Kim Jones on discovering Chinese artisans; loungefying Dior’s tailoring and working with Kenny Scharf
Few designers have taken menswear to such exotic locales as Kim Jones, the creative director of menswear at Christian Dior, who chose Beijing as the latest – virtual - destination for his latest collection.
Though in a typical Jones twist, he gave the whole concept a novel spin by collaborating with the legendary New York street artist Kenny Scharf. The result was a rather dazzling encounter of Scharf’s phantasmagoric vision of American popular culture and truly ancient Chinese embroidery techniques.
Having previously collaborated with the likes of KAWS and architect Daniel Arsham on major shows, Jones is known for linking with fine artists. But picking Scharf took the idea of an artistic linkup to a new level, as many of the outfits looked like the American avant garde artist’s works come to life, taking on three-dimensional form.
Two weeks before the show, FashionNetwork.com caught up with Jones in his Dior studio in Paris on the day he was finalizing the casting for the collection video, busily completing fittings with models.
“Basically, during lockdown, I was thinking about whom I’d like to work with and going through my library I found all my Kenny Scharf books. So I got his phone number; called him and I said, ‘I’d love to work with you’.”
“Because, for me there was Kenny, Keith Haring and Jean-Michel Basquiat who were the three downtown kids of the '80s. That is a period that greatly interests me. And I wanted something fun, especially as were going to show in Beijing; and no one can go to China because of the lockdown, so we could do a show. So, I wanted something quite joyous. I’d thought at this stage lockdown might have finished. But it hasn’t, has it?” explained Jones, dressed in a black technical gabardine Prada logo shirt, a gift of his boyfriend.
Pre-Covid, Jones two previous fall shows for Dior were held in Miami and Tokyo. Jones' latest ideas for Dior were revealed online on Dior.com, Instagram and, in another first, on Twitch.
Kim is clearly determined to keep on innovating Dior tailoring, while keeping Monsieur Dior’s DNA, a process led by Kim’s wrap-across Oblique jacket. These come with covered buttons, just like in Monsieur’s most famous work of female tailoring, the Bar jacket. Plus this latest collection is juxtaposed with chemise jackets and fun utilitarian ideas and details.
“We have developed a more relaxed version of the Oblique, like in this nice satin. Yes, it’s loungey but it’s chic loungey,” he laughs, lifting one look in his hand. “We worked with lots of different Chinese artisans. And with my friend Victoria Tang. I wanted someone who knew the specialists in every area - to take something of that world and bring it into couture,” explained Jones, referring to the creative director of Shanghai Tang with whom he supports the Save Wild Tiger initiative.
Pointing to one of his new Oblique jackets to show off the couture detailing, he continued: “It’s post-Covid relaxed tailoring. People have been locked in their houses, but they still wanted to dress up. Amazingly throughout the whole period, we’ve had really good sales. So I wanted something celebratory.”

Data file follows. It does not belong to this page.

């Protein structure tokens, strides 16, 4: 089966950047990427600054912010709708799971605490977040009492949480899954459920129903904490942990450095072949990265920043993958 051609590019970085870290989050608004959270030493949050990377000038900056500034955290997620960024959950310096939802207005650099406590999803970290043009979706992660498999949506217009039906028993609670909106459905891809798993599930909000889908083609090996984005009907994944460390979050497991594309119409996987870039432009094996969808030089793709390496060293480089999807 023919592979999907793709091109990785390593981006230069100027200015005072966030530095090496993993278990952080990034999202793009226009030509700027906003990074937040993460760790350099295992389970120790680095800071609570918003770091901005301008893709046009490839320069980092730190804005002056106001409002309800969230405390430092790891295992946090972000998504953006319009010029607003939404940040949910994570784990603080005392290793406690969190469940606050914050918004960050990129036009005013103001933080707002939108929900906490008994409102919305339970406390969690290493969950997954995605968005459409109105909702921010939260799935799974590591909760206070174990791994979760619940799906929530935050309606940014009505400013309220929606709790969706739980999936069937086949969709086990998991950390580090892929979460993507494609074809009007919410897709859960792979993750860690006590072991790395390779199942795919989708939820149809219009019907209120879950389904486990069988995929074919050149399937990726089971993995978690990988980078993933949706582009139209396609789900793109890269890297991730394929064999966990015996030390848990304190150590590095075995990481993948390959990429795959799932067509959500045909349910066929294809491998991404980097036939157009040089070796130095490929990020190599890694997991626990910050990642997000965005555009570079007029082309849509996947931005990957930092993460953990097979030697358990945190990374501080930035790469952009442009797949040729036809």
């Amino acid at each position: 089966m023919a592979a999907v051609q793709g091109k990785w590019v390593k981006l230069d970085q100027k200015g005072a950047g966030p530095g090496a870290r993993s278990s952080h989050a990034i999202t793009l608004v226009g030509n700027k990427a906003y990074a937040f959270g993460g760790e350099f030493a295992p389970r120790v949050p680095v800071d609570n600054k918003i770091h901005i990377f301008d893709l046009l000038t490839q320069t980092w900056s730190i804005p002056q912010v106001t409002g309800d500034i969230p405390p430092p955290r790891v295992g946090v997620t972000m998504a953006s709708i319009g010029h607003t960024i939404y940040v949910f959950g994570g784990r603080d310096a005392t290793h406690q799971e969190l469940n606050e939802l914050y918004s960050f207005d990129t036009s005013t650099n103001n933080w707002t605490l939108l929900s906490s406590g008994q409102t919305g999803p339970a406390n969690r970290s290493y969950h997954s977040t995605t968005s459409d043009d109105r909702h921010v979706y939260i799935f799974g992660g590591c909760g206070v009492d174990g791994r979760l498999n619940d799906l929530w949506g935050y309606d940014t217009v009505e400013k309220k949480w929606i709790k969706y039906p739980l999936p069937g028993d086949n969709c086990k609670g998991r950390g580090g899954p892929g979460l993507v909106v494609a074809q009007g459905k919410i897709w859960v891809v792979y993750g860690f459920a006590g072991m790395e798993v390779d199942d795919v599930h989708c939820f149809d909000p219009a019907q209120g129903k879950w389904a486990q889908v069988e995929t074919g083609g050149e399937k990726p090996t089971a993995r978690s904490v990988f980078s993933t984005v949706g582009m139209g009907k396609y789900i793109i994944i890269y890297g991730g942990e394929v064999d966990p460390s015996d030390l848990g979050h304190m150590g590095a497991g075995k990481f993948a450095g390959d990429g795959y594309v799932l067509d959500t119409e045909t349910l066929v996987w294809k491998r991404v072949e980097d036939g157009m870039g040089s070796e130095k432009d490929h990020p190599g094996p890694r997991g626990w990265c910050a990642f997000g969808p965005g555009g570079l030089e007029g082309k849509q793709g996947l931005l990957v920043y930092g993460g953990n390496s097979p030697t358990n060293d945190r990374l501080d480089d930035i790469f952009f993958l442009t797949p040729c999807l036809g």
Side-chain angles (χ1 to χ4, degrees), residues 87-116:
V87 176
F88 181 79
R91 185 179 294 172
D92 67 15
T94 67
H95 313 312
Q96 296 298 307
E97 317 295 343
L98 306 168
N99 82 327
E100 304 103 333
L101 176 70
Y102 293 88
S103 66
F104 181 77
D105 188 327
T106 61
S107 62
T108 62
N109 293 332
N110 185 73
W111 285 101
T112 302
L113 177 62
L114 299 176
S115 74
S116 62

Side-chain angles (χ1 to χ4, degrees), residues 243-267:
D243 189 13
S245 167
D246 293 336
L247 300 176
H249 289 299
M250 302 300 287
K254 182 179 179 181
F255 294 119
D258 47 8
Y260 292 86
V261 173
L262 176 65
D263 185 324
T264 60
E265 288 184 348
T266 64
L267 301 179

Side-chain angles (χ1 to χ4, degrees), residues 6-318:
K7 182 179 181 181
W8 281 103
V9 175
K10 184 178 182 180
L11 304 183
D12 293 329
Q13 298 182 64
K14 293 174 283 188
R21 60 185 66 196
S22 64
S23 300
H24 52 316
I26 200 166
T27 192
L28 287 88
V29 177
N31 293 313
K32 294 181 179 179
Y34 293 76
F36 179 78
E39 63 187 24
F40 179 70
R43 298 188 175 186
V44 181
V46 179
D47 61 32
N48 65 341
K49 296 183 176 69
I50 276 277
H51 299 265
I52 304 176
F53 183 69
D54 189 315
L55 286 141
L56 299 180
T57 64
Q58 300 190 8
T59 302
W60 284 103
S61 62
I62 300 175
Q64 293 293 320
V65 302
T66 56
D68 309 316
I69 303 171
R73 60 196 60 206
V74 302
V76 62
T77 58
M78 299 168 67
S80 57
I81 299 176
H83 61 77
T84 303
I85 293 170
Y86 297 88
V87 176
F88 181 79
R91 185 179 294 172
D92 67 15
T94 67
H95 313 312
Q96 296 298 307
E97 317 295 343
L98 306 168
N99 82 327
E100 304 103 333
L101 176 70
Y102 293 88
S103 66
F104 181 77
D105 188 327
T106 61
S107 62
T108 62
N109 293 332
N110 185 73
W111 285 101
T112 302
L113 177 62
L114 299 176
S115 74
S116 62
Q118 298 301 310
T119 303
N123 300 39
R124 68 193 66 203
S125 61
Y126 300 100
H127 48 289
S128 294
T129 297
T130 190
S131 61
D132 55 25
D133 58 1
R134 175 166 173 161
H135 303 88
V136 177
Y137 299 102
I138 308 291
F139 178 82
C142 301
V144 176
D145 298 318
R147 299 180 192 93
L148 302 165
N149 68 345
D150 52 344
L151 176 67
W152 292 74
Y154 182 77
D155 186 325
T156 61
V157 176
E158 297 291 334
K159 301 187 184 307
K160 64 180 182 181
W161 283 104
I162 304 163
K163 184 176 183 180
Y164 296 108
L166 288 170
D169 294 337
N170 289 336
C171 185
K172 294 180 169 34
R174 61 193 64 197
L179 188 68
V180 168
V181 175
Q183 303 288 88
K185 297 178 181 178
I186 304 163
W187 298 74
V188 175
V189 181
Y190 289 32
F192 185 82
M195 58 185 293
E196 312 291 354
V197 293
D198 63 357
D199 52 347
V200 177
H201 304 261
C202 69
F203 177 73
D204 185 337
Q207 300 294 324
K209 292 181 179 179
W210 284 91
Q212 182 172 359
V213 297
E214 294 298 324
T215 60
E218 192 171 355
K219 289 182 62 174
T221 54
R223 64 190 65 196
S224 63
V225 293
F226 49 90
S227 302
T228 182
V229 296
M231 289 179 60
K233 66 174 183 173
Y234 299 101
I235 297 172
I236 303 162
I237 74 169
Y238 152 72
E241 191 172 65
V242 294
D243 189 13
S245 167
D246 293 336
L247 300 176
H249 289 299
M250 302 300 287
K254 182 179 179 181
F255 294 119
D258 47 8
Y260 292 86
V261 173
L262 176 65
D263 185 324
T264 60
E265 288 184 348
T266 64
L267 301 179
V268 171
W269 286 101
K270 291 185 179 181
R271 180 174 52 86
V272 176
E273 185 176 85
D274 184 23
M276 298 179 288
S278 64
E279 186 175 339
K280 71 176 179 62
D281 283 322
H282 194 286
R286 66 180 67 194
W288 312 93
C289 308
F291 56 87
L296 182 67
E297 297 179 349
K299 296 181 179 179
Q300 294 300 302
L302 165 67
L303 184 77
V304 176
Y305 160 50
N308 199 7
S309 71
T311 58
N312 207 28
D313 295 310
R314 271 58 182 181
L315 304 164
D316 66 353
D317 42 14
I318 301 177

Along with Scharf’s fantastical pop cartoons are Chinese characters; Kenny’s mythological goats and horses, seen in voile jackets. Another striking fabric innovation, the Dior atelier has sewn in holographic eyes. While other fabrics are instantly intriguing - like a fire engine red blouson in vinyl that looks fluid.
“We could not do a show, as I can’t go, and I am a bit of control freak. I want to check everything properly. And we want to be sensitive to what’s happening. I don’t want anyone to come to the show as they might get sick. The people who work with us are being tested all the time. As are all the models,” explains the British-born and Africa-raised designer.
Reaching a series of hyper degradé jackets, Jones calls over a key member of his team, Edward Crutchley, who shows his own eponymous menswear label in London Fashion Week. “Ed, do your spiel,” suggests a smiling Jones.
“Well, this is Chinese seed embroidery,” explains Crutchley, taking a densely embroidered curving cummerbund-meets-belt in hand. “The technique is at least 1,700 years old. Possibly older. This is really subtle degradé in really solid colors. We dyed over 300 different colors of silk yarn in order to achieve as close as we possibly the original artwork of Kenny. This piece was the quickest and it was 200 hours; another belt was 300 hours; and we have a bag that took 1,000. Plus there’s a shirt that was 7,000 hours in the making, and the team that worked on it had over a 1,000 years of experience!”
Jones’ next stop will be back to Rome, where he has a night job as the new creative director of Fendi, and is due to make the most keenly awaited debut of Milan Fashion Week in February. For Christmas Jones is planning a trip to South Africa. But when we meet he is clearly most enamored by the ability of the Dior atelier and Chinese artisans to ally so creatively.
“I wanted this collection to be an antidote to what is happening now. Remember the house of Christian Dior was founded right after the Second World War. So you want to bring some joy to people, don’ you?” Kim concludes.
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